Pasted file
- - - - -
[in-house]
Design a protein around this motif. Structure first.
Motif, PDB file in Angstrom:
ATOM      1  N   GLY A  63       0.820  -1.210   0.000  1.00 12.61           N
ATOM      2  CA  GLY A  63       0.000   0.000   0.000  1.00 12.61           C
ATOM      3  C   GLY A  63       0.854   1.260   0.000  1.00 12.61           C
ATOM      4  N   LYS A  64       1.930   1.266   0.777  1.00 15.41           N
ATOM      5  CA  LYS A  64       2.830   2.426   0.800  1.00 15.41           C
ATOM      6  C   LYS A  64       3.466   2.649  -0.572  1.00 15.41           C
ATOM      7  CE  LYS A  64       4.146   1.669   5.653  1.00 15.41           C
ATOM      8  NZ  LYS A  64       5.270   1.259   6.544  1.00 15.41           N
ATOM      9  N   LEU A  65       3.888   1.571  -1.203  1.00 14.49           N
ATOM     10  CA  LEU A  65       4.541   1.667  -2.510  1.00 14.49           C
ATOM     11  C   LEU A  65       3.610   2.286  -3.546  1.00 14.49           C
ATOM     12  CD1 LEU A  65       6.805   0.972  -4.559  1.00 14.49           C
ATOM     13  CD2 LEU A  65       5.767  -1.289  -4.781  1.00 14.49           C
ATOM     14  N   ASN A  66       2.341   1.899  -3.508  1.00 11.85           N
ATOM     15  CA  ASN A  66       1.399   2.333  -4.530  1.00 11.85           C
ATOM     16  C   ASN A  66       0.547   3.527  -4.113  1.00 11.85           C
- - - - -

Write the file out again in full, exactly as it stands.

[in-house]
Design a protein around this motif. Structure first.
Motif, PDB file in Angstrom:
ATOM      1  N   GLY A  63       0.820  -1.210   0.000  1.00 12.61           N
ATOM      2  CA  GLY A  63       0.000   0.000   0.000  1.00 12.61           C
ATOM      3  C   GLY A  63       0.854   1.260   0.000  1.00 12.61           C
ATOM      4  N   LYS A  64       1.930   1.266   0.777  1.00 15.41           N
ATOM      5  CA  LYS A  64       2.830   2.426   0.800  1.00 15.41           C
ATOM      6  C   LYS A  64       3.466   2.649  -0.572  1.00 15.41           C
ATOM      7  CE  LYS A  64       4.146   1.669   5.653  1.00 15.41           C
ATOM      8  NZ  LYS A  64       5.270   1.259   6.544  1.00 15.41           N
ATOM      9  N   LEU A  65       3.888   1.571  -1.203  1.00 14.49           N
ATOM     10  CA  LEU A  65       4.541   1.667  -2.510  1.00 14.49           C
ATOM     11  C   LEU A  65       3.610   2.286  -3.546  1.00 14.49           C
ATOM     12  CD1 LEU A  65       6.805   0.972  -4.559  1.00 14.49           C
ATOM     13  CD2 LEU A  65       5.767  -1.289  -4.781  1.00 14.49           C
ATOM     14  N   ASN A  66       2.341   1.899  -3.508  1.00 11.85           N
ATOM     15  CA  ASN A  66       1.399   2.333  -4.530  1.00 11.85           C
ATOM     16  C   ASN A  66       0.547   3.527  -4.113  1.00 11.85           C